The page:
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Tax take vital for Osborne surplus pledge

27/01/15

George Osborne has outlined the rationale for a public finance surplus, but achieving this may be difficult.

With government having run a huge structural deficit in recent years, the current parliament has seen the issue of restoring stability to the public finances given top priority.

Of course, the austerity programme undertaken in the UK has been controversial, both in its detail and the fact that it has been going on at all, although most other European countries have been cutting their public spending too.

However, chancellor George Osborne has ambitions of going much further. He has spoken before about wanting to take the public finance situation into surplus, but has now outlined this ambition in detail in a speech to the Royal Economic Society.

In it, he pointed to the examples of Canada in 1998 and Sweden in 2000 as countries that made the decision to focus on creating surpluses. Attacking the idea that his plan is ideological, Mr Osborne noted both decisions were taken by centre-left governments.

"In both cases the results speak for themselves - Sweden and Canada have had amongst the strongest public finances of any developed economy during the last eight years and neither has had to make large cuts to public spending as a result of the crisis," he added.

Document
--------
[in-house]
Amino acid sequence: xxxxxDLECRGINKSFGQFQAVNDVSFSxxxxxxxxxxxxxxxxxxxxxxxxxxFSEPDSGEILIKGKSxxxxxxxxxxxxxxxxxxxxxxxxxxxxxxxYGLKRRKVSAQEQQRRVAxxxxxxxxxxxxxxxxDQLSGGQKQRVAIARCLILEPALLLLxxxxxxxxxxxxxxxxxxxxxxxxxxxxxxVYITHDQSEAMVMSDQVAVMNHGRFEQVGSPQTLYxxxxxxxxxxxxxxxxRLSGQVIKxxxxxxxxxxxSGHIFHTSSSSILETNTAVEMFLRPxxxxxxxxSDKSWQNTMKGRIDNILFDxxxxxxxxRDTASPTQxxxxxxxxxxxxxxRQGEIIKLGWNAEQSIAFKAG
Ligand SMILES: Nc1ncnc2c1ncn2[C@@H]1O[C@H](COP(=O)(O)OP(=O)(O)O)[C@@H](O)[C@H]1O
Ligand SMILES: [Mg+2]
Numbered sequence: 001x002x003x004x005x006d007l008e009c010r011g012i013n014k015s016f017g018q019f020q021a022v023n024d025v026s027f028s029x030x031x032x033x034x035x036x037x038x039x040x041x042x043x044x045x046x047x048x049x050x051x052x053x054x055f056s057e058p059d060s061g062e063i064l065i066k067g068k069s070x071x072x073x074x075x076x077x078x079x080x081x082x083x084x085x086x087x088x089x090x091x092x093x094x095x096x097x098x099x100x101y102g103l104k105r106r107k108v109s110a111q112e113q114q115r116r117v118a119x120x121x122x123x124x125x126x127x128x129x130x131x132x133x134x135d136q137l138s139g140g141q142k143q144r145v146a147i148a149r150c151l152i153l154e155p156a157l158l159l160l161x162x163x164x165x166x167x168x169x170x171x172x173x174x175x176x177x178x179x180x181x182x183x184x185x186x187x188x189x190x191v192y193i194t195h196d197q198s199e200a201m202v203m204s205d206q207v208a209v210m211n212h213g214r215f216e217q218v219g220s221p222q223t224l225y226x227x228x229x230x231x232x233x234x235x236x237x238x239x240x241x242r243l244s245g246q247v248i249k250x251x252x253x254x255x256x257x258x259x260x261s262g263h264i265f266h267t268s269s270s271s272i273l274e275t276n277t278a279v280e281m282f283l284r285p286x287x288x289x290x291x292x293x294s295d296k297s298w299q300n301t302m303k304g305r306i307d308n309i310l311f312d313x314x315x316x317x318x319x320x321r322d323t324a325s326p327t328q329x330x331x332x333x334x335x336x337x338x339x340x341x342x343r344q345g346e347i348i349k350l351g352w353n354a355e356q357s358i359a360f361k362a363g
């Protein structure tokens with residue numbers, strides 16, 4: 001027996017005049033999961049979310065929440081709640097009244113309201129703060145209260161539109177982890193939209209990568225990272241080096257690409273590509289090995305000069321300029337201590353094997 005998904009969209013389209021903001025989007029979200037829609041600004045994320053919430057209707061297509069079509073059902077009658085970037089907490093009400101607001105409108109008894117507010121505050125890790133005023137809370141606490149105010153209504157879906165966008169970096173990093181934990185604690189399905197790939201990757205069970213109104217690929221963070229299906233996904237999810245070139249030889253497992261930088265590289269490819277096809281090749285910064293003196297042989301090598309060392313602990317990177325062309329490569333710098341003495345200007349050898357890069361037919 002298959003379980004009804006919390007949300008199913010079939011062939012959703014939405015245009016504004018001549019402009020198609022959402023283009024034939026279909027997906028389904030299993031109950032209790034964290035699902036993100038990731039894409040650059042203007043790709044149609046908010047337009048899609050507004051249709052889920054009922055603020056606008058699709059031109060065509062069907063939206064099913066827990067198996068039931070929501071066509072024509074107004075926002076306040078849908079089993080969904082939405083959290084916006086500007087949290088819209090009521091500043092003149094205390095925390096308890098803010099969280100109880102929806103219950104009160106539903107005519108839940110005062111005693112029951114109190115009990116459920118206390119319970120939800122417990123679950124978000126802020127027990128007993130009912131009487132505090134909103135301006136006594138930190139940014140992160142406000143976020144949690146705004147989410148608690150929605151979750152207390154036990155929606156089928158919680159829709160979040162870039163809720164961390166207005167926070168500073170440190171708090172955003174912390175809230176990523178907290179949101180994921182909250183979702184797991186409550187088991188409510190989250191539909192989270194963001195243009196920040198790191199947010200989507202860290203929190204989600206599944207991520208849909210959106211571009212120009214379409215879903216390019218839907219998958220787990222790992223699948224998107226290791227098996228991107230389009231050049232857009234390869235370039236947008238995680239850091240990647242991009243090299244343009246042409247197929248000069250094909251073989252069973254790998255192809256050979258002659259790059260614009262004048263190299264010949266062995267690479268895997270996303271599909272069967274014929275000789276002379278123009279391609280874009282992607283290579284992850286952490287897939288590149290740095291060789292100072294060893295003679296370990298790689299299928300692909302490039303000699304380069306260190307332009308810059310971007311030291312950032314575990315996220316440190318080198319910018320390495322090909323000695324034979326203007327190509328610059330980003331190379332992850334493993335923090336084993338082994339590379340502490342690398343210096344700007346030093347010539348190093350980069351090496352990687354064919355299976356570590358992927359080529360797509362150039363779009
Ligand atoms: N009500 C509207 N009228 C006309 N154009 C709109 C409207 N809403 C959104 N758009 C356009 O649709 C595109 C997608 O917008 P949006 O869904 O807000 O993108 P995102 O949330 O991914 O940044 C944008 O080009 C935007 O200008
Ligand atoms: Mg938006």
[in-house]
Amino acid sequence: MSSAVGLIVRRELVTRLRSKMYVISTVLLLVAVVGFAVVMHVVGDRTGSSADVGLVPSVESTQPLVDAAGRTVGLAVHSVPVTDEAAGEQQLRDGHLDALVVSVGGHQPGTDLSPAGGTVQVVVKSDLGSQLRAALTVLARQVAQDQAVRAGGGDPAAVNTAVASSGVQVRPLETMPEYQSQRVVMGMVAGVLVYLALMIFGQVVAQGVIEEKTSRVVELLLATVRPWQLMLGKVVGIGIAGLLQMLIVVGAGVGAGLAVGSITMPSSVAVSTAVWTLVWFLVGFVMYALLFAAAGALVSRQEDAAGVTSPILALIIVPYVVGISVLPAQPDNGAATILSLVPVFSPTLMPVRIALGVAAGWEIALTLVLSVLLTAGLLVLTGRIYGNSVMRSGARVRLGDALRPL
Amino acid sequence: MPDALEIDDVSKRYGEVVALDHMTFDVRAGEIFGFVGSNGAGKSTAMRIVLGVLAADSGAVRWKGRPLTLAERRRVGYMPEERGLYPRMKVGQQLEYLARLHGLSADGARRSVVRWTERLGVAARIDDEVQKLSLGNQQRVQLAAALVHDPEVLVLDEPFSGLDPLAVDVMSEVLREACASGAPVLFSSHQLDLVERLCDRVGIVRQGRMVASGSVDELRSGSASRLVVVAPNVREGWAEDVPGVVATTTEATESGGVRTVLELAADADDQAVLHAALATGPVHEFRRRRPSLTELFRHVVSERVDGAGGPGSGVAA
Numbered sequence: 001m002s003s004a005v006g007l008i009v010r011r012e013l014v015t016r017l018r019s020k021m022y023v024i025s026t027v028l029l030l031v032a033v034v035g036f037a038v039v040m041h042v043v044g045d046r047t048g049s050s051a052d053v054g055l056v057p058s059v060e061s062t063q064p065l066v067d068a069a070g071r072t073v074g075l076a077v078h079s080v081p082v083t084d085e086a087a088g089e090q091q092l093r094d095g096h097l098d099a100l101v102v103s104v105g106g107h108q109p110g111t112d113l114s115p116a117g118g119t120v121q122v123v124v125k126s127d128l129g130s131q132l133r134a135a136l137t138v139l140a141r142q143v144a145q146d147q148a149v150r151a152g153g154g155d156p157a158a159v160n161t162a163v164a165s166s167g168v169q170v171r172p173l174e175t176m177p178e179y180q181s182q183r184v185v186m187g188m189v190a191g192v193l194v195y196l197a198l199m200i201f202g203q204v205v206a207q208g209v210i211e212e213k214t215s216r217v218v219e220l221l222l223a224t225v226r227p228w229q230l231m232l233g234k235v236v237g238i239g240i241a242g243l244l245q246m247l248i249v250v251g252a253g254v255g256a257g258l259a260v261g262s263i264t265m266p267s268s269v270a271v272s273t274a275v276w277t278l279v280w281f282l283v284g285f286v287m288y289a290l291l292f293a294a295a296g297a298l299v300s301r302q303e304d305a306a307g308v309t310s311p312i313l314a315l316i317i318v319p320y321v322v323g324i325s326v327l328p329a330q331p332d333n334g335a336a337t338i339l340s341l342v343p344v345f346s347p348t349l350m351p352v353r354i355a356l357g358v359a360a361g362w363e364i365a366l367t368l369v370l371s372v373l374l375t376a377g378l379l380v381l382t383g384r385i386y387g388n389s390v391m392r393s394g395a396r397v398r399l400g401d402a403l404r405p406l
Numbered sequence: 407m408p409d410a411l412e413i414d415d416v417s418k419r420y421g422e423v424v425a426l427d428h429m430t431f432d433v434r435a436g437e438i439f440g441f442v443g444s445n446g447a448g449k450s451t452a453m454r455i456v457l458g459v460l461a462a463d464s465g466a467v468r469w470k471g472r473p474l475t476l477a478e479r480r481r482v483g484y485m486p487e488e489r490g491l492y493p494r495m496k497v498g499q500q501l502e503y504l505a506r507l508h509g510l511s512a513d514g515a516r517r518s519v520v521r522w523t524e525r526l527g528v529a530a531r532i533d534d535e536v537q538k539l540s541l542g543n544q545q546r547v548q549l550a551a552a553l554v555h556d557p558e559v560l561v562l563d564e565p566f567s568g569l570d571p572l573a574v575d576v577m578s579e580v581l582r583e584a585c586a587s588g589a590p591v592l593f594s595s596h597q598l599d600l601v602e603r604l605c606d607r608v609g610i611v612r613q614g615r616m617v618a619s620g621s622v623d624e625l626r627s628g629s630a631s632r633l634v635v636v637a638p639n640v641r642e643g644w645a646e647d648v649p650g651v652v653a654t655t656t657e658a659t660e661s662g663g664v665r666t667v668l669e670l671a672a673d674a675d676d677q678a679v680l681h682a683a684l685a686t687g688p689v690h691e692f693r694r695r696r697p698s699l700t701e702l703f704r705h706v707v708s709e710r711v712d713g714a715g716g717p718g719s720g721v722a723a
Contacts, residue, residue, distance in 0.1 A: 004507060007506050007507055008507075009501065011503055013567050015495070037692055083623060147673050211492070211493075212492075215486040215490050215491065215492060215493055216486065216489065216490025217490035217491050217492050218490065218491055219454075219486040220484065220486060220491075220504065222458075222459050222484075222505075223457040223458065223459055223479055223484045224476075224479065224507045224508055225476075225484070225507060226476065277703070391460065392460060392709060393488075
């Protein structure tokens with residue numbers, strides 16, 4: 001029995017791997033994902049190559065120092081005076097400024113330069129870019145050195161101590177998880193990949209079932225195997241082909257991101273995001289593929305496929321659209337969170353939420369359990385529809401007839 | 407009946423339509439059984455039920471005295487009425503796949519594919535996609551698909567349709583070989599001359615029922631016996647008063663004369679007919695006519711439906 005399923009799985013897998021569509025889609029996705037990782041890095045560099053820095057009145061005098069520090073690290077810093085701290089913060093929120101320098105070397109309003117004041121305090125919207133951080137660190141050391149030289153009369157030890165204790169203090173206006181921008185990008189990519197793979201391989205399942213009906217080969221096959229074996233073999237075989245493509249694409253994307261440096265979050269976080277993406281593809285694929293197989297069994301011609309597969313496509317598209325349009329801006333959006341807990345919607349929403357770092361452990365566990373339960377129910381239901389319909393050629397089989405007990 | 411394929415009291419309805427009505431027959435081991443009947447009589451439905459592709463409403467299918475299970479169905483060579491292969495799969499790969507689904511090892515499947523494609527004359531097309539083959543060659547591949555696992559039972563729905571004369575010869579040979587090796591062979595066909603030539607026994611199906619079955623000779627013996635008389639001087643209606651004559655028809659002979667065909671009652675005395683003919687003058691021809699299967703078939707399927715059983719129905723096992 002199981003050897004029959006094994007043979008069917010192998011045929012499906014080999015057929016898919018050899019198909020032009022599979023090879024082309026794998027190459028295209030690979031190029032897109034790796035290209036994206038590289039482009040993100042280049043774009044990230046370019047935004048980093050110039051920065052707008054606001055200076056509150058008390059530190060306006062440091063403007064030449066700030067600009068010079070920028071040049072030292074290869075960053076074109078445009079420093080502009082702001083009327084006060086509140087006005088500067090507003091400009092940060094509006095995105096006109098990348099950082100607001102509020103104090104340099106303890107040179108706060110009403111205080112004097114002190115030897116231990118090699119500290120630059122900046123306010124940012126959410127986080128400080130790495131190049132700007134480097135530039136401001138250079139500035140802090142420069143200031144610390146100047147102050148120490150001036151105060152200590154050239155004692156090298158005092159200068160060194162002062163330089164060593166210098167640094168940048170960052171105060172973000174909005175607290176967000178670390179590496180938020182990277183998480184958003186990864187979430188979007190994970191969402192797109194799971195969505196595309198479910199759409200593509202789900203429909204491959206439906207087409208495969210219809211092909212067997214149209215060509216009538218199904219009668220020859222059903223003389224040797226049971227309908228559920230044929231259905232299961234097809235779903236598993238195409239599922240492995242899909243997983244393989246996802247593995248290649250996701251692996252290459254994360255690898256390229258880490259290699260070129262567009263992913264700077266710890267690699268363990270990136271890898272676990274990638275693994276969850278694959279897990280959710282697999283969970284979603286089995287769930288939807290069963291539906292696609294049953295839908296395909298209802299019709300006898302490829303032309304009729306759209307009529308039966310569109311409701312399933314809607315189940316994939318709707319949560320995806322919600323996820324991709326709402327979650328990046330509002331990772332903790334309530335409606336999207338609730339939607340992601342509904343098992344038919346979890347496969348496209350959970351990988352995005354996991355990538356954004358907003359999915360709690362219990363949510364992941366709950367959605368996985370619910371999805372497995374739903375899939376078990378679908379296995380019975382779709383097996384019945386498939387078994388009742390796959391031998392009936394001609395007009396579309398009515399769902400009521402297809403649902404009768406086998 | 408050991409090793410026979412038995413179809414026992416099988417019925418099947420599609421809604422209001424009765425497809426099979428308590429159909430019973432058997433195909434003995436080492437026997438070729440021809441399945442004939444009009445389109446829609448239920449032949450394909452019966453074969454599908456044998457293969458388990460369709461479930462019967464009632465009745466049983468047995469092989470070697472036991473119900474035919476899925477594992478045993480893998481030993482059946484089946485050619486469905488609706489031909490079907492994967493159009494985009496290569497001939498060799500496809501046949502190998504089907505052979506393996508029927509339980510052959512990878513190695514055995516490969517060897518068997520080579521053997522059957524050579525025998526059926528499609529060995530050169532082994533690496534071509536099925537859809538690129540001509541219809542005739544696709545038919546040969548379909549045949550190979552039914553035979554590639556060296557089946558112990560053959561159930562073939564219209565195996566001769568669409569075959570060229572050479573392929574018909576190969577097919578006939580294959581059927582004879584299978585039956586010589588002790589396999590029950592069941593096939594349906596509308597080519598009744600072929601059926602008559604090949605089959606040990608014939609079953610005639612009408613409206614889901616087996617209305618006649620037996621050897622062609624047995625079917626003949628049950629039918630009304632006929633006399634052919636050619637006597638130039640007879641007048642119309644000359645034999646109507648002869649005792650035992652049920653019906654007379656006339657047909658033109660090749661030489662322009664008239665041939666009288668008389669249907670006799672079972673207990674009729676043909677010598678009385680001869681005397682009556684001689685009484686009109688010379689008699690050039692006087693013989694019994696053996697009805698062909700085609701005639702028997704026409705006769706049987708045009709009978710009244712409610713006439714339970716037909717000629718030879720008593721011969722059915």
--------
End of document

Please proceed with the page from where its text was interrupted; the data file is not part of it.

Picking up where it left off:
However, to run a surplus this way cannot be done easily, and while more cuts would be part of the policy, ensuring as much tax is collected as possible is vital.

For that reason, those seeking tax jobs may soon be tasked with doing more to battle against the avoidance of them, either by corporations or high net worth individuals.

Indeed, if Mr Osborne is still chancellor after May's election he will need to balance his commitments on the public finance with pledges of rising public investment in infrastructure in line with increases in gross domestic product, not to mention major projects like high speed rail.

Mr Osborne ended his speech on the optimistic note that "there is no reason why Britain cannot be the richest major economy in the world,", but unless growth translates into sufficient tax revenues, even that may struggle to bring about the benign public finances Mr Osborne seeks.

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